SMART Recovery® at 25: An Overview

SMART Recovery, an alternative to 12-step programsby Tom Horvath, PhD, ABPP

In September, 2019, SMART Recovery celebrated its 25th anniversary, at its annual conference in Chicago, IL. I have been involved with SMART since before it began operating under that name in October, 1994. It was previously the Rational Recovery Self-Help Network. I was president of SMART for 20 years, and have continued to serve on the US board after the development of SMART Recovery International in 2018. I offer the following description of what SMART offers.   

SMART Recovery® (Self Management And Recovery Training) is an international community focused on helping its participants learn about and practice a self-empowering approach for addressing addictive problems. SMART’s primary activity is discussion meetings, face-to-face or online. The ultimate goal, even if never attained, is to gain independence from problematic addictive behavior. Options for how to change are organized under the SMART Recovery 4-Point Program:

1: Building and Maintaining Motivation

2: Coping with Urges

3: Managing Thoughts, Feelings and Behaviors

4: Living a Balanced Life

SMART uses a self-empowering approach. Regardless of how addictive problems arose, participants are supported in creating and implementing solutions that are agreeable to them and realistic in their circumstances. These solutions involve making changes in the participant’s own beliefs and behaviors, although these changes are often in service of modifying the environment. The change methods included under the 4-Point Program lie at the intersection of what is supported in the scientific literature, what is self-empowering, and what can be meaningfully discussed in mutual help meetings led by non-professional volunteers. SMART updates these methods as the scientific literature evolves.

SMART is not just a set of methods for change, but also (and for many participants, primarily) a community of caring individuals intending to have a positive impact on one another. Each meeting is a small community. These meetings exist within larger local, regional, national, international, and online communities. Participants learn about the self-empowering approach together, and demonstrate to one another how to put it into practice. For many participants their sense of community will be more important than specific methods they learn.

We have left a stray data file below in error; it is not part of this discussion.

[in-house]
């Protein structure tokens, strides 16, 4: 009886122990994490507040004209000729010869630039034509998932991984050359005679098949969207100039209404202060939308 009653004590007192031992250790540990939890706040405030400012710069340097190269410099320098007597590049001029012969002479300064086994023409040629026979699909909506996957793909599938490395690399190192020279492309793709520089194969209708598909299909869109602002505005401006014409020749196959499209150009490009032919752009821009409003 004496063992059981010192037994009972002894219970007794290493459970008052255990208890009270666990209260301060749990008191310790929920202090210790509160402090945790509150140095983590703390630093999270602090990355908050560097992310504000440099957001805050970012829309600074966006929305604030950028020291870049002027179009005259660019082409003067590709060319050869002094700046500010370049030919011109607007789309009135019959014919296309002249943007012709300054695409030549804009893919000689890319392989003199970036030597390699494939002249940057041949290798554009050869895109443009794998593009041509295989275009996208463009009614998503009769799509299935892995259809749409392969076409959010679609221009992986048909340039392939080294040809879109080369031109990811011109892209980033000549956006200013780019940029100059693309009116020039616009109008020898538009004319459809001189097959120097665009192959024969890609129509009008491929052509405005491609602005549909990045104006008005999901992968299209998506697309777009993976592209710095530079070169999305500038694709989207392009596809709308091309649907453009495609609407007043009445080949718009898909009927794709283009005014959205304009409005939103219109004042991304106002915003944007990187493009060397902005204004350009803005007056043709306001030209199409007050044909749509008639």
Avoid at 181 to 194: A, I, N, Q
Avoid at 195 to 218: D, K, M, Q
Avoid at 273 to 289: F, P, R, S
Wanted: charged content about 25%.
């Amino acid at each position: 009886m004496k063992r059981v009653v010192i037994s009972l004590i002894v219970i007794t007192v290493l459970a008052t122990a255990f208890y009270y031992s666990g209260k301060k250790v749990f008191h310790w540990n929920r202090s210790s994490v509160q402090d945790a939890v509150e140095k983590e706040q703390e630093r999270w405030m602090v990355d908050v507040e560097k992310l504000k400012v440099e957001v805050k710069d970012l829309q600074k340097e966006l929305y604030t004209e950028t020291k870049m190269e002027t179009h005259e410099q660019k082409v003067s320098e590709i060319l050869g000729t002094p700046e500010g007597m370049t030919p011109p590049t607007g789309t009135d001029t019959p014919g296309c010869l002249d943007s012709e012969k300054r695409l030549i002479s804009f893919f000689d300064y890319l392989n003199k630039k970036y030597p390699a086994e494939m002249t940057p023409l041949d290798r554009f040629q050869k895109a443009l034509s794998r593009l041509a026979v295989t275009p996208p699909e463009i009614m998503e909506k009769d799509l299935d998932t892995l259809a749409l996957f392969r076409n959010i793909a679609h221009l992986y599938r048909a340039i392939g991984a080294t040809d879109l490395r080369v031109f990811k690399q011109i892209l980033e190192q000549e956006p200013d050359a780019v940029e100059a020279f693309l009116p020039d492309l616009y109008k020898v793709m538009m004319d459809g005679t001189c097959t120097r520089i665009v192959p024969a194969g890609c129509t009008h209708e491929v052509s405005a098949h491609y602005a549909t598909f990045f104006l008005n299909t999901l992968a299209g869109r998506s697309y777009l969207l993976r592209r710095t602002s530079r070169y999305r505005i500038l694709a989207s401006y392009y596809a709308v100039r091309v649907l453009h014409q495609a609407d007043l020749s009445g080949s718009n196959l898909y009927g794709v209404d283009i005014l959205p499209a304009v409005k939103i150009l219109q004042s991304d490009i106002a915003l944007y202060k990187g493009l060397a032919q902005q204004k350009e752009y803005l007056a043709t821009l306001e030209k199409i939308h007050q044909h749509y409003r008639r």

In addition to meetings SMART offers a range of additional services, including publications, internet-based activities, training, conferences, social activities, and specialized meetings. The two most prominent specialized meetings are Family & Friends and InsideOut. Family & Friends, which is based on a combination of SMART Recovery and Community Reinforcement and Family Training (CRAFT, developed by Robert J. Meyers, PhD), teaches family members how to take care of themselves better, while not inadvertently reinforcing addictive problems, and instead reinforcing positive changes. InsideOut meetings occur in prisons, jails and other correctional settings, and focus on both addictive problems and the errors associated with criminal thinking.

The SMART Recovery USA Position on Goals is: “SMART Recovery is abstinence oriented. Our meetings and tools are designed to help participants stop problematic addictive behavior.” SMART meetings support individuals who are doing “too much of a good thing.” Discussions focus on how to do less, whether by stopping altogether or reducing. SMART therefore supports individuals who are seeking abstinence, moderation or harm reduction. All three approaches have in common staying within a limit, as chosen by the participant. SMART meetings emphasize this commonality. For instance, in the case of drinking, stopping could occur before the first drink, after the second drink, or after the 10th drink. SMART discussions focus on how to stop, not on how to use. Participants choose where to stop. The discussion focuses on stopping (how to stay within the limit), rather than on how to use up to the limit (which could be the focus of discussion in a moderation approach). A participant might say “I abstain from all alcohol,” or “I abstain after the second drink,” or “I abstain after the 10th drink”. In a future blog I will focus in detail on this Position on Goals.